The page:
17. Did you see the stunning twist at the novel's conclusion coming? If so, when and why? If not, why do you think it blindsided you?

18. How do the stories of the women in A Mercy serve as a prequel to the stories of the women in Beloved, which is set two centuries later?

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From Publishers Weekly
Starred Review. Nobel laureate Morrison returns more explicitly to the net of pain cast by slavery, a theme she detailed so memorably in Beloved. Set at the close of the 17th century, the book details America's untoward foundation: dominion over Native Americans, indentured workers, women and slaves. A slave at a plantation in Maryland offers up her daughter, Florens, to a relatively humane Northern farmer, Jacob, as debt payment from their owner. The ripples of this choice spread to the inhabitants of Jacob's farm, populated by women with intersecting and conflicting desires. Jacob's wife, Rebekka, struggles with her faith as she loses one child after another to the harsh New World. A Native servant, Lina, survivor of a smallpox outbreak, craves Florens's love to replace the family taken from her, and distrusts the other servant, a peculiar girl named Sorrow. When Jacob falls ill, all these women are threatened. Morrison's lyricism infuses the shifting voices of her characters as they describe a brutal society being forged in the wilderness. Morrison's unflinching narrative is all the more powerful for its relative brevity; it takes hold of the reader and doesn't let go until the wrenching final-page crescendo. (Nov.) 
Copyright © Reed Business Information, a division of Reed Elsevier Inc. All rights reserved. 

From The Washington Post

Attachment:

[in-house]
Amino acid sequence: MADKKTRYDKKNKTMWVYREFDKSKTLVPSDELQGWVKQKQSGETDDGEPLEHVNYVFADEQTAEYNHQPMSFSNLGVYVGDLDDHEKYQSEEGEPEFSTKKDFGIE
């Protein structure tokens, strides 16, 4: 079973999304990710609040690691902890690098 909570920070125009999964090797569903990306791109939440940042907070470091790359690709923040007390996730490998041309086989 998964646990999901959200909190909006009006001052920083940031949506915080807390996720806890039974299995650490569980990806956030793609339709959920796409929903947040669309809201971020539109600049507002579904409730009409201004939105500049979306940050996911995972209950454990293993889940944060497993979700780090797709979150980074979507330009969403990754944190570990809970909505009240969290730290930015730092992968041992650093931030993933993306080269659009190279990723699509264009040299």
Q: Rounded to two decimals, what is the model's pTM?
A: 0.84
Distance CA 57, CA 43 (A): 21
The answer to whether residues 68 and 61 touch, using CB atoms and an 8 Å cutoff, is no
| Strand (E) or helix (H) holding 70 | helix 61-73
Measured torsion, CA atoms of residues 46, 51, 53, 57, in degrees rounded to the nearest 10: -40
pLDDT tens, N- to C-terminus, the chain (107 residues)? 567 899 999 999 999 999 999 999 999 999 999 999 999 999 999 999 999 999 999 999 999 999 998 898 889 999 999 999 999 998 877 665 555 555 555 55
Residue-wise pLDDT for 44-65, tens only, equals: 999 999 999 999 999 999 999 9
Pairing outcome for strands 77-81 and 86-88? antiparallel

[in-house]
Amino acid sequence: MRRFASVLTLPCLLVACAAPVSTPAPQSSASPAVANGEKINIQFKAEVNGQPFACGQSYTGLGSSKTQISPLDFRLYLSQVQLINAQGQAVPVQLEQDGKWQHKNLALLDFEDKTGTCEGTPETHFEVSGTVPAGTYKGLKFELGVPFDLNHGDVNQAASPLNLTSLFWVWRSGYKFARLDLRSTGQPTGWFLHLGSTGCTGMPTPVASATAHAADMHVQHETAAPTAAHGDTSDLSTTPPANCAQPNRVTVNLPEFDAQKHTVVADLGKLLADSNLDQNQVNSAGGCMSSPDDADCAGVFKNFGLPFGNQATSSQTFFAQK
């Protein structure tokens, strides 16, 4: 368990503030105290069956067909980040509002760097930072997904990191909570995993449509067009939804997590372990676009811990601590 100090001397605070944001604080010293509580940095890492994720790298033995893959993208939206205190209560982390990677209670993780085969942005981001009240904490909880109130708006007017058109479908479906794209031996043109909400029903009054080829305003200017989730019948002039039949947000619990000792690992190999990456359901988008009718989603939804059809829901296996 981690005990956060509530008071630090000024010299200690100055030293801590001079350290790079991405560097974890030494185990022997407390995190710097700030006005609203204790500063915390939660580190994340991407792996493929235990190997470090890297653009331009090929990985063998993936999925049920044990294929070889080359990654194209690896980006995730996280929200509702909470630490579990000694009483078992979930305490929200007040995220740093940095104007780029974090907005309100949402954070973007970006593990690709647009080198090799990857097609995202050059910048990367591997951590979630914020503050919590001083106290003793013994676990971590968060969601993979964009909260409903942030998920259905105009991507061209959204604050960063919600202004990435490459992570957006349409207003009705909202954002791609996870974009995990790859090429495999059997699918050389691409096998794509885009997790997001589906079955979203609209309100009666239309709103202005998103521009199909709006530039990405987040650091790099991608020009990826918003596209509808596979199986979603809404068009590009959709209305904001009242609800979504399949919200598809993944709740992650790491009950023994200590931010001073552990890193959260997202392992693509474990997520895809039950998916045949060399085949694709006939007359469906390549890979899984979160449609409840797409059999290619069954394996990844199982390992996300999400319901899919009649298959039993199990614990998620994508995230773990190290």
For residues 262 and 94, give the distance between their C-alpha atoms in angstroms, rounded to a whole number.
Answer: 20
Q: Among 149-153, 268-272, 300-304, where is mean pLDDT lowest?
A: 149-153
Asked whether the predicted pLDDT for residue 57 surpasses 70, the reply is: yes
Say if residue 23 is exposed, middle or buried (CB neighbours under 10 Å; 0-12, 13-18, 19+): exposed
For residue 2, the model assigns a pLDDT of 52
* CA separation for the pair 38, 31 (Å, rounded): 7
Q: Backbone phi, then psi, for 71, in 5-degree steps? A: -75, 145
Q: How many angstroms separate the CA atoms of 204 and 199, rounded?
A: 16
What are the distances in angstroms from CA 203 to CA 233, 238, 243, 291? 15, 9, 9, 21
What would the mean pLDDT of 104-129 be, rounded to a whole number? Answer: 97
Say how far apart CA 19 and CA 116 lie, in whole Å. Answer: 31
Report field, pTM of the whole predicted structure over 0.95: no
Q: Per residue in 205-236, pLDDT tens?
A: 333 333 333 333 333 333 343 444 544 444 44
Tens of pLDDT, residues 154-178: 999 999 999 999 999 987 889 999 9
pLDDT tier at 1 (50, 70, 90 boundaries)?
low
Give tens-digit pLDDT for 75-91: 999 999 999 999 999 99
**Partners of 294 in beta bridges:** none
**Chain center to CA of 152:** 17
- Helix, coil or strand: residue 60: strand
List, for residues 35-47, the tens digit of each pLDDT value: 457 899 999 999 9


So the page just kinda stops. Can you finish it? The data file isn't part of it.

From The Washington Post's Book World/washingtonpost.com Reviewed by Ron Charles Toni Morrison's new novel, A Mercy, makes a spellbinding companion to Beloved, her 1987 tour de force that transformed our understanding of slavery and won the Pulitzer Prize. Her old themes rise up in A Mercy like a fever dream: the horrible sacrifice a mother makes to protect her child, the deadly vanity of benevolent slaveholders, the abandonment of a past too painful to remember. But this is a smaller, more delicate novel, a fusion of mystery, history and longing that stands alongside Beloved as a unique triumph in Morrison's body of work. The lush poetry and amorphous structure of A Mercy reflect the story's distant setting in the mist of America's creation, when independence and the three-fifths compromise of the Constitution were still a century away. The four abandoned women at the center of this novel -- one white, one Native American and two black -- are all enslaved in some way, struggling to maintain their precarious life together on a failing farm in the late 17th century when the New World's traditions of slavery are fresh and fluid. Summarizing the plot does a certain amount of violence to the novel's self-conscious obscurity, its determination to keep us off balance amid dazzling impressions. The opening chapter, in particular, is a swirl of references to people and events we can't comprehend. (Beloved, remember, began with the enigmatic words, "124 was spiteful.") Morrison relies heavily on the allure of her imagery, perhaps even on the deference afforded by her Nobel Prize. At this point in her career, she doesn't have to give up meanings any more easily than Faulkner or Joyce did, and like their work, A Mercy conveys powerful emotional effects even when it leaves us struggling for sure footing. "Don't be afraid," a narrator begins. "You can think what I tell you a confession, if you like, but one full of curiosities familiar only in dreams and during those moments when a dog's profile plays in the steam of a kettle." Jacob Vaark, a small-scale trader who was raised in an orphanage, inherited 120 acres in upstate New York from an uncle he'd never met. He considers slavery "the most wretched business" and insists that "flesh was not his commodity," but he works out a moral equation that allows him to make money as a financier to slaveholders. As we've seen before, Morrison writes with the kind of psychological nuance that turns her characters' souls to clear glass: An early scene shows Vaark sneering "at wealth dependent on a captured workforce," even while he profits from it. He eventually makes a fortune, all the while imagining that he's kept himself above "whips, chains and armed overseers." It's a brilliant portrayal of the expedient allowances people make to preserve their sense of purity and self-reliance. When he began farming, Vaark purchased a 14-year-old Native American named Lina who lost her village to a smallpox epidemic. She's a determined survivor, traumatized first by the death of her family, then by the Presbyterians who "civilize" her. "Terrified of being alone in the world," Morrison writes, "Lina acknowledged her status as heathen and let herself be purified by these worthies. She learned that bathing naked in the river was a sin; that plucking cherries from a tree burdened with them was theft; that to eat corn mush with one's fingers was perverse." Morrison turns the issue of servitude over and over in fascinating ways. This was, after all, a time before the spectrum of slavery had resolved into black and white. Almost everyone is for sale, and their relations with one another are bound by customs and laws still evolving. Together, Vaark and Lina manage his farm as best they can with an odd kind of mutual respect, but it is "an unrewarding life" until Vaark buys a wife from England, and again the results are surprising. "Rebekka's sheer good fortune in a husband stunned her," Morrison writes. "Already sixteen, she knew her father would have shipped her off to anyone who would book her passage and relieve him of feeding her . . . the stubborn one, the one with too many questions and a rebellious mouth." Vaark also takes in a strange young woman named Sorrow, and as partial payment for a debt, he acquires a slave girl named Florens. The only character who narrates her own chapters, Florens serves as the emotional engine of the novel and the mystery at its core. "They were orphans, each and all," Morrison writes. The real triumph of A Mercy is its portrayal of the moral ambiguity of these relationships. There are no easy judgments here. Vaark may be compromised by his financial entanglements with slavery, but he's a benevolent patriarch who gives safety to a cast of women who would have no security elsewhere in this place, surrounded by howling wilderness and settlements of religious zealots. What's happened and what's happening become clear only as several chapters confirm the scrambled chronology of these events: Jacob Vaark has died of smallpox and now his wife, Rebekka, is close to death, too. The farm, their little Eden in the lawless forest, is suddenly threatened with collapse, which can only mean something far worse for its female residents. Morrison depicted the plight of an isolated women's compound in Paradise in 1997, but in this more impressionistic novel she captures the state of powerless women contending for survival in a civilization that would not stabilize for decades. Without a master, they are all at risk; without even a white mistress, they would have no chance. "Sir and Mistress believed they could have honest free-thinking lives," Lina thinks with a sigh. "Their drift away from others produced a selfish privacy and they had lost the refuge and the consolation of a clan. . . . Pride alone made them think they needed only themselves, could shape life that way, like Adam and Eve, like gods from nowhere beholden to nothing except their own creations." Most of the novel takes place as Rebekka lies dying, Lina cares for her, and Sorrow asserts herself -- all three women remembering their lives before and with Vaark. But the heart of the novel is young Florens. She's sent off to find a blacksmith, a free black man who once worked on Vaark's property and may be able to heal Rebekka. For Florens, it's a chance not just to escape but to reunite with him. She propels herself through a frightening travail in the wilderness with an ardent, irrepressible monologue, much of it directed to her absent lover. Her voice is the most demanding but rewarding in the novel, thick with raw poetry and passion. "I never before see leaves make this much blood and brass," she says. "Color so loud it hurts the eye and for relief I must stare at the heavens high above the tree line." She's sometimes unhinged -- sympathetic one moment, animalistic the next. "These careful words, closed up and wide open, will talk to themselves," Florens says, and in the most mesmerizing sections of the novel, all we can do is listen to her incantations, the voice of a young woman consumed with yearning. "I dream a dream that dreams back at me," she says. "Perhaps these words need the air that is out in the world. Need to fly up then fall, fall like ash over acres of primrose and mallow. . . . I am become wilderness but I am also Florens. In full. Unforgiven. Unforgiving. No ruth, my love. None. Hear me? Slave. Free. I last." What a strange, affecting story, flowing through an astonishing range of emotions. And consider that all this takes place in just 167 pages, shorter than her far less complicated first novel, The Bluest Eye (1970). Morrison, who has written so powerfully of catastrophe, cruelty and horror, here adds to that song of tragedy equally thrilling chords of desire and wonder, which in their own way are no less tragic. Whereas Beloved ends with the cathartic exhaustion of an exorcism, A Mercy concludes with an ambiguous kind of prayer, redolent with possibility and yearning but inspired by despair. This rich little masterpiece is a welding of poetry and history and psychological acuity that you must not miss.